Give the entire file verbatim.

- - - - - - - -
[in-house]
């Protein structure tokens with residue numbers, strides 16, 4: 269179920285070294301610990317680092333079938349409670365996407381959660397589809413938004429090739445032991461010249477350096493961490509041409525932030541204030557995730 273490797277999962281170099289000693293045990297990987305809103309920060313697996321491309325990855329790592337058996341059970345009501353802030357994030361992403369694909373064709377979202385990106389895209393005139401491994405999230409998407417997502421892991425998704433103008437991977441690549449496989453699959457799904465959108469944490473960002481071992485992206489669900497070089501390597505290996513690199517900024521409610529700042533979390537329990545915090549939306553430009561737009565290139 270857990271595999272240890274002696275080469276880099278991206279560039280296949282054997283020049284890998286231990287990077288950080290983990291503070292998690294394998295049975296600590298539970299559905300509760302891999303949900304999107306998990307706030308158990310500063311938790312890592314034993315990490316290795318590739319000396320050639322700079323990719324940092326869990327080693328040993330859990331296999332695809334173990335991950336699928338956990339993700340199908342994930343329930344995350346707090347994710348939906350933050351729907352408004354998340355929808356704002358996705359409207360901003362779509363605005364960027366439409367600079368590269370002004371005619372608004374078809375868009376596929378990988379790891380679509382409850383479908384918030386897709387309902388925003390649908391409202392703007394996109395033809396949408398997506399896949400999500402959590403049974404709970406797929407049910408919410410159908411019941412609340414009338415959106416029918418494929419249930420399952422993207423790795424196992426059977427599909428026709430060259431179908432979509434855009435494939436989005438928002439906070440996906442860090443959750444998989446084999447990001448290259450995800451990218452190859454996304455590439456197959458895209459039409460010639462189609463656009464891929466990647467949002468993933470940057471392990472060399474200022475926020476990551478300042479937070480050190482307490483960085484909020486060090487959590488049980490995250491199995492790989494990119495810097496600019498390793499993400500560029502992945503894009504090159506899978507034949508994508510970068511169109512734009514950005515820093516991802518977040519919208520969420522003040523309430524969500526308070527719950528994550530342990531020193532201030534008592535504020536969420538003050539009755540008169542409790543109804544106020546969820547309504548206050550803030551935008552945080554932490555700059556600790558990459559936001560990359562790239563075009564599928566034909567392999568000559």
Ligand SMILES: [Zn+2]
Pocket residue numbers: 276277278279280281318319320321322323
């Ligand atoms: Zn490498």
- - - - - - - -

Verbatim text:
[in-house]
């Protein structure tokens with residue numbers, strides 16, 4: 269179920285070294301610990317680092333079938349409670365996407381959660397589809413938004429090739445032991461010249477350096493961490509041409525932030541204030557995730 273490797277999962281170099289000693293045990297990987305809103309920060313697996321491309325990855329790592337058996341059970345009501353802030357994030361992403369694909373064709377979202385990106389895209393005139401491994405999230409998407417997502421892991425998704433103008437991977441690549449496989453699959457799904465959108469944490473960002481071992485992206489669900497070089501390597505290996513690199517900024521409610529700042533979390537329990545915090549939306553430009561737009565290139 270857990271595999272240890274002696275080469276880099278991206279560039280296949282054997283020049284890998286231990287990077288950080290983990291503070292998690294394998295049975296600590298539970299559905300509760302891999303949900304999107306998990307706030308158990310500063311938790312890592314034993315990490316290795318590739319000396320050639322700079323990719324940092326869990327080693328040993330859990331296999332695809334173990335991950336699928338956990339993700340199908342994930343329930344995350346707090347994710348939906350933050351729907352408004354998340355929808356704002358996705359409207360901003362779509363605005364960027366439409367600079368590269370002004371005619372608004374078809375868009376596929378990988379790891380679509382409850383479908384918030386897709387309902388925003390649908391409202392703007394996109395033809396949408398997506399896949400999500402959590403049974404709970406797929407049910408919410410159908411019941412609340414009338415959106416029918418494929419249930420399952422993207423790795424196992426059977427599909428026709430060259431179908432979509434855009435494939436989005438928002439906070440996906442860090443959750444998989446084999447990001448290259450995800451990218452190859454996304455590439456197959458895209459039409460010639462189609463656009464891929466990647467949002468993933470940057471392990472060399474200022475926020476990551478300042479937070480050190482307490483960085484909020486060090487959590488049980490995250491199995492790989494990119495810097496600019498390793499993400500560029502992945503894009504090159506899978507034949508994508510970068511169109512734009514950005515820093516991802518977040519919208520969420522003040523309430524969500526308070527719950528994550530342990531020193532201030534008592535504020536969420538003050539009755540008169542409790543109804544106020546969820547309504548206050550803030551935008552945080554932490555700059556600790558990459559936001560990359562790239563075009564599928566034909567392999568000559």
Ligand SMILES: [Zn+2]
Pocket residue numbers: 276277278279280281318319320321322323
């Ligand atoms: Zn490498």